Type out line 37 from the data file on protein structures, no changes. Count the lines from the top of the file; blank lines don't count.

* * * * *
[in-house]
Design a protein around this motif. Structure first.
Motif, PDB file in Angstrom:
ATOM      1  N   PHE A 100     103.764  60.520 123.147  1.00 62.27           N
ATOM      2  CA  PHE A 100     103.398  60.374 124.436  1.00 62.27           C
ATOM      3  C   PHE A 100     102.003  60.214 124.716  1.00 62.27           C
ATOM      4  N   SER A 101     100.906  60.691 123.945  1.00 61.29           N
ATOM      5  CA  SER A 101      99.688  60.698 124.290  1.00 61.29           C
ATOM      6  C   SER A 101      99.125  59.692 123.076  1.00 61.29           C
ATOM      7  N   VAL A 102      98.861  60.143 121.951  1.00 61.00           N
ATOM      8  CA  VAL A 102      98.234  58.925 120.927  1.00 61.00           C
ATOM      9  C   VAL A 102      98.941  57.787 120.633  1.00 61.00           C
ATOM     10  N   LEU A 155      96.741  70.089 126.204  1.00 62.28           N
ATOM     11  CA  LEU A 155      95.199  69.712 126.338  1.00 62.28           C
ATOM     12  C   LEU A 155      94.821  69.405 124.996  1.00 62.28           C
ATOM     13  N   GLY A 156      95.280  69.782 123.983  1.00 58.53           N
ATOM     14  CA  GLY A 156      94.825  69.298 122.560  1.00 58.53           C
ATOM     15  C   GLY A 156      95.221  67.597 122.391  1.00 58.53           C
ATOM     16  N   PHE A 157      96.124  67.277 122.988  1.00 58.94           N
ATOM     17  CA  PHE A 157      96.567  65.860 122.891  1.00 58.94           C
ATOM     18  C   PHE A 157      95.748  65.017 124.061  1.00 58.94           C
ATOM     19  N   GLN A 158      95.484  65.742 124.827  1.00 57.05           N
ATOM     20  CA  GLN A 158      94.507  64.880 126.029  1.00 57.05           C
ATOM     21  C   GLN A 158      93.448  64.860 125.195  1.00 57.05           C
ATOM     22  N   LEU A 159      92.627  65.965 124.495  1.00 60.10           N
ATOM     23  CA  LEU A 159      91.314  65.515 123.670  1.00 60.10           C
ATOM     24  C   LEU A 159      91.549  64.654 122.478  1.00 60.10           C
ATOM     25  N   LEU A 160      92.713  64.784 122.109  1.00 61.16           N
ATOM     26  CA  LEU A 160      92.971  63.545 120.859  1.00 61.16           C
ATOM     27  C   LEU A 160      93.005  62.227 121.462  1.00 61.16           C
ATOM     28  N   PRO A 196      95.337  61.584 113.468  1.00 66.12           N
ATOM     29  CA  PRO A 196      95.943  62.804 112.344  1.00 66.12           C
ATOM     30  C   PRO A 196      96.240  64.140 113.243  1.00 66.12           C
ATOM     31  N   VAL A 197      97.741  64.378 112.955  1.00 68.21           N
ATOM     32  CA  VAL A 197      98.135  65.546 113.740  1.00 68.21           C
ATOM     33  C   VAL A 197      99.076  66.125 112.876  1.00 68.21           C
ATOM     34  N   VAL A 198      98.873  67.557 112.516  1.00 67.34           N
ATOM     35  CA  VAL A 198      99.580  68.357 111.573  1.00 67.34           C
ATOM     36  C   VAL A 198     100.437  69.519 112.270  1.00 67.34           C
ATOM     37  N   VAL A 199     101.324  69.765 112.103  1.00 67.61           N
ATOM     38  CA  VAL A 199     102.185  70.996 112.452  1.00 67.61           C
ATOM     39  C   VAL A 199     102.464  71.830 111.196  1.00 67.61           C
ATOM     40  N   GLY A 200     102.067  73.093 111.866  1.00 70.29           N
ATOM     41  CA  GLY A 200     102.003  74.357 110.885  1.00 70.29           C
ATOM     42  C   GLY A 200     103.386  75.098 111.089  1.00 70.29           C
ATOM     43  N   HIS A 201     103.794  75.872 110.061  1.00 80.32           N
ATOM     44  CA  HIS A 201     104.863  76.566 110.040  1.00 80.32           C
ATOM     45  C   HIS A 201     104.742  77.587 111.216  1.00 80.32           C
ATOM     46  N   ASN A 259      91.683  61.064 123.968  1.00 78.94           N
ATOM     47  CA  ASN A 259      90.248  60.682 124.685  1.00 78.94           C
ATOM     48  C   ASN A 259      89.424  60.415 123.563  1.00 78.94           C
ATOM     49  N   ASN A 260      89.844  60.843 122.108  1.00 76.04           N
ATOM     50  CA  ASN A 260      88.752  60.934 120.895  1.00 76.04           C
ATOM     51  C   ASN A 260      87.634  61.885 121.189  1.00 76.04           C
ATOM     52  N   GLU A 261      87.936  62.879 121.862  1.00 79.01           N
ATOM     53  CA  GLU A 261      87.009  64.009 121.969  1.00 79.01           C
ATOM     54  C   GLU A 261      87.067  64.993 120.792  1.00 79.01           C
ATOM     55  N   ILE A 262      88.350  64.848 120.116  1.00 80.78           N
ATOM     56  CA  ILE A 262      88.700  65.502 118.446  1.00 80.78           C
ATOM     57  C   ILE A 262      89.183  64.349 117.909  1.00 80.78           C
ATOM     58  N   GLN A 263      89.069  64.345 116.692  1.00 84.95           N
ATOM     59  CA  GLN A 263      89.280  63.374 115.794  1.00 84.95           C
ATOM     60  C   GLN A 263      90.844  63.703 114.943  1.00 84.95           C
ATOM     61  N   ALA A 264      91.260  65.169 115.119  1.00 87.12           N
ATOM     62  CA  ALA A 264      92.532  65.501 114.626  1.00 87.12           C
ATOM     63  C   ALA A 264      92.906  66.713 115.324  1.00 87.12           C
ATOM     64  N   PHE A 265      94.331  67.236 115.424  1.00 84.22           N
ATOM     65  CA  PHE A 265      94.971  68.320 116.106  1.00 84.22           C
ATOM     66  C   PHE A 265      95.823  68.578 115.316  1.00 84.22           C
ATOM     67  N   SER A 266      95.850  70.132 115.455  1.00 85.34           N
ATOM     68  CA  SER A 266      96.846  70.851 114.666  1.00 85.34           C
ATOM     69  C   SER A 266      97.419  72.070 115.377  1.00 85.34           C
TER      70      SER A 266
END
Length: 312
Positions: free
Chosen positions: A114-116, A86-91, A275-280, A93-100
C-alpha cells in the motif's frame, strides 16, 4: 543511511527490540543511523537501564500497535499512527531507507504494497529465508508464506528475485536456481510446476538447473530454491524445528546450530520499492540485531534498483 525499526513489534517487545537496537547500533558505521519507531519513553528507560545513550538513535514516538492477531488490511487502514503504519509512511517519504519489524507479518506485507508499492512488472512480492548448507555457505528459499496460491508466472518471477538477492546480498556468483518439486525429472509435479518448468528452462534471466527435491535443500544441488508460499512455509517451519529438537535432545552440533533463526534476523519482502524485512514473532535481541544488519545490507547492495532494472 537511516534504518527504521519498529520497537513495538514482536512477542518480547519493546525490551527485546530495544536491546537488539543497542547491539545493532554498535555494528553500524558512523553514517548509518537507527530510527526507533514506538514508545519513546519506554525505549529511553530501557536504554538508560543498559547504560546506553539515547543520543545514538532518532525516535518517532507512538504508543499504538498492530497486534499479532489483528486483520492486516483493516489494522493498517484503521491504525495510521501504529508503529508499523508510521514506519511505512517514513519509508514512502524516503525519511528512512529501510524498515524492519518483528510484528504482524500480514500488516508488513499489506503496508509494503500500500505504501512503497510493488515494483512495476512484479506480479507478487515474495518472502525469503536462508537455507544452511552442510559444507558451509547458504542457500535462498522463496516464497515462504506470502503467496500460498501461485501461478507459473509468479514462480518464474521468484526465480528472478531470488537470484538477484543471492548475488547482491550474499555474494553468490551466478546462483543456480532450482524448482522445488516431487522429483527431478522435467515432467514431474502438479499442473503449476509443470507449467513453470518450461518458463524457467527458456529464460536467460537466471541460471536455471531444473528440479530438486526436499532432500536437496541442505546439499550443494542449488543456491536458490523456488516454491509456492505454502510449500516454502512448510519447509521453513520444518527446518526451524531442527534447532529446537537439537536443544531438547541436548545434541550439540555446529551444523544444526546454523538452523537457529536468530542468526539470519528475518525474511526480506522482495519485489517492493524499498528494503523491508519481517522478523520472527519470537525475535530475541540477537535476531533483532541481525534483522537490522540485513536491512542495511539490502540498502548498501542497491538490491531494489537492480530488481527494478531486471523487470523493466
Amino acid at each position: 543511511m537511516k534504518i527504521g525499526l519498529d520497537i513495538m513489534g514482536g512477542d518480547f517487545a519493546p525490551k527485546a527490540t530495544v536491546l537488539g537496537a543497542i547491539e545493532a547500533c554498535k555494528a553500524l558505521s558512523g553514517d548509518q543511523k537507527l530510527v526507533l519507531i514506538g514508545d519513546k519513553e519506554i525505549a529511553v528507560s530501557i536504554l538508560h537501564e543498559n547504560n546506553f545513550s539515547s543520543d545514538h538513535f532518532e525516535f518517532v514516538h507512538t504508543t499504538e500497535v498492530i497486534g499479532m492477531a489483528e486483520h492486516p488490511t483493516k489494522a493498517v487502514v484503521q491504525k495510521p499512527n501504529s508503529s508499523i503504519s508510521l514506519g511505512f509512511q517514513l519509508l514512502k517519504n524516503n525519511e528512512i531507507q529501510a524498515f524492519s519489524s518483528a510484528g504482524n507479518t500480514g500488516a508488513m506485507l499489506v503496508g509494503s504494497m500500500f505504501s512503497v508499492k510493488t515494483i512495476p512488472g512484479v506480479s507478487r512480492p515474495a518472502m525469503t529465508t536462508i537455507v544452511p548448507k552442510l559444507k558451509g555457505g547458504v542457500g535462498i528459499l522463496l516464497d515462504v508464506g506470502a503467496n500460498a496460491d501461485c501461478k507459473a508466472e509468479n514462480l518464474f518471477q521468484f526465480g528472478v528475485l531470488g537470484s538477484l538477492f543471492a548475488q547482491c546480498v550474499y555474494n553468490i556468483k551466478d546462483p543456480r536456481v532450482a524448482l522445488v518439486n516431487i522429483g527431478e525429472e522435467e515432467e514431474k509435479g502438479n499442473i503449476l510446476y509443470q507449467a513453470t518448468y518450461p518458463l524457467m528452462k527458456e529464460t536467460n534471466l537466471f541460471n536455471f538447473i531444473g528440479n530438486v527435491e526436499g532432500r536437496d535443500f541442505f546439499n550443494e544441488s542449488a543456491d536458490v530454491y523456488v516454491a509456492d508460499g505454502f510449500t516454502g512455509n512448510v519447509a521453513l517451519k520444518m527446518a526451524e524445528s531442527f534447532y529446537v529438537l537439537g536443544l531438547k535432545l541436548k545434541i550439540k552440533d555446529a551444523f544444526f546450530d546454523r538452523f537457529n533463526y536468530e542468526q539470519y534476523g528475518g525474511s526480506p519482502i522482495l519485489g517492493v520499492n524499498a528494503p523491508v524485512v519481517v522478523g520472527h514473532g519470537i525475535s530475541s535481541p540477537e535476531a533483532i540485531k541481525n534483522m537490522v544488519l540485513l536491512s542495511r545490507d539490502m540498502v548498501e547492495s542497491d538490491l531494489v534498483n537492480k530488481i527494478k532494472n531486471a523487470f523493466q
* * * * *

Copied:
ATOM     34  N   VAL A 198      98.873  67.557 112.516  1.00 67.34           N